5. Female genital mutilation is usually performed on children far too young to consent even if consent were solicited; dieting involves, above all, adolescents and young adults.3

  6. In the US, as many women as men complete primary education, and more women than men complete secondary education; adult literacy is 99%, for both females and males. In Togo, adult female literacy is 32.9% (52% that of men), in the Sudan 30.6% (56% that of men), in Côte d'Ivoire 26.1% (56%), in Burkina Faso 8% (29%). These statistics suggest limits to the notion of consent, even as applied to the mothers or relatives who perform the operation. To these limits we may add those imposed by
    economic and political powerlessness, intimidation, and malnutrition.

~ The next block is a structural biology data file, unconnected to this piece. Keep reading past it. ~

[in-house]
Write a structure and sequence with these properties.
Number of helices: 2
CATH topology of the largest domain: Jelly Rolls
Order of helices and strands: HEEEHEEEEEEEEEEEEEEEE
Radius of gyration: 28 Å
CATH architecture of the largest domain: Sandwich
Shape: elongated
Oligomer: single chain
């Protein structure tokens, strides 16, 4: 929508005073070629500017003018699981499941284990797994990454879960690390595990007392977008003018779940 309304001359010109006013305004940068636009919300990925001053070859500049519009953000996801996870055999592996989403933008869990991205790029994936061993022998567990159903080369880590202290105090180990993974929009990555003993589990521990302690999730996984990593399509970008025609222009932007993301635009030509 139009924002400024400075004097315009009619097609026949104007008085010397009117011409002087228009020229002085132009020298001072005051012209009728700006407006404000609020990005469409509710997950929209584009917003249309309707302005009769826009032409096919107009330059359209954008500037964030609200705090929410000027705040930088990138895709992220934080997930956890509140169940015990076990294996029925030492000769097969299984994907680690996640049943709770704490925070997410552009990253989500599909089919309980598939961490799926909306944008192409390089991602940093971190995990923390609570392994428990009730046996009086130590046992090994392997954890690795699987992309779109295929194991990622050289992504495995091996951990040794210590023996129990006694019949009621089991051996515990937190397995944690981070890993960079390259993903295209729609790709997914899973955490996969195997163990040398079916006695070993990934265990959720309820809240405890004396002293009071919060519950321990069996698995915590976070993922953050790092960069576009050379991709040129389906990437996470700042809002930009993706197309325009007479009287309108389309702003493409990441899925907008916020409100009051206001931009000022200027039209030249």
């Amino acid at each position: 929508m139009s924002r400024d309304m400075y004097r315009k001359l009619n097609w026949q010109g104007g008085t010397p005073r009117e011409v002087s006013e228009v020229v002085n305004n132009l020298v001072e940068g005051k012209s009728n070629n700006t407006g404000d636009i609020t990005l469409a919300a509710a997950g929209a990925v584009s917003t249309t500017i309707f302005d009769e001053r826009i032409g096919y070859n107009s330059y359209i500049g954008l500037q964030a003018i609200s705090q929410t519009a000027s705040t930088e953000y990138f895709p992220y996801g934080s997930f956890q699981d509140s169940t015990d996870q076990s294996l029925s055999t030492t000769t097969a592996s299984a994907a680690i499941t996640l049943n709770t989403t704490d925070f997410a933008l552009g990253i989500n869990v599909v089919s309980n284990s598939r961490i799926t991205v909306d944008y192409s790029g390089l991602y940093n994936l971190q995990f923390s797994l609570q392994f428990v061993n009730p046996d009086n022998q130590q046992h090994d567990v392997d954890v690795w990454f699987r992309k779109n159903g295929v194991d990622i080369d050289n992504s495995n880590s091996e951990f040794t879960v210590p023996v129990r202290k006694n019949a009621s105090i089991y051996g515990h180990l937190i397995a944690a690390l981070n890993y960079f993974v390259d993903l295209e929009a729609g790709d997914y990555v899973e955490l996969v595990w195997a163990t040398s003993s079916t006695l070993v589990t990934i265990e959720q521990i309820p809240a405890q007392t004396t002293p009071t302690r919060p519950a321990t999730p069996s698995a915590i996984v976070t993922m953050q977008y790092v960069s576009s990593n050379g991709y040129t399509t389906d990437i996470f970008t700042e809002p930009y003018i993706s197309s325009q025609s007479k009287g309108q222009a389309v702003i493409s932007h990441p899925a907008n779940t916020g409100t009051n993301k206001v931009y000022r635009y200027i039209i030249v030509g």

7. Female genital mutilation means the irreversible loss of the capability for a type of sexual functioning that many women value highly, at an age when one is far too young to know what value it has or does not have in one's own life.

  8. Female genital mutilation is unambiguously linked to customs of male domination. Even its official rationales, in terms of purity and propriety, point to aspects of sex hierarchy. The ideal female body image purveyed in the American media has multiple and complex resonances, including those of male domination, but also including those of physical fitness, independence, and boyish non-maternity.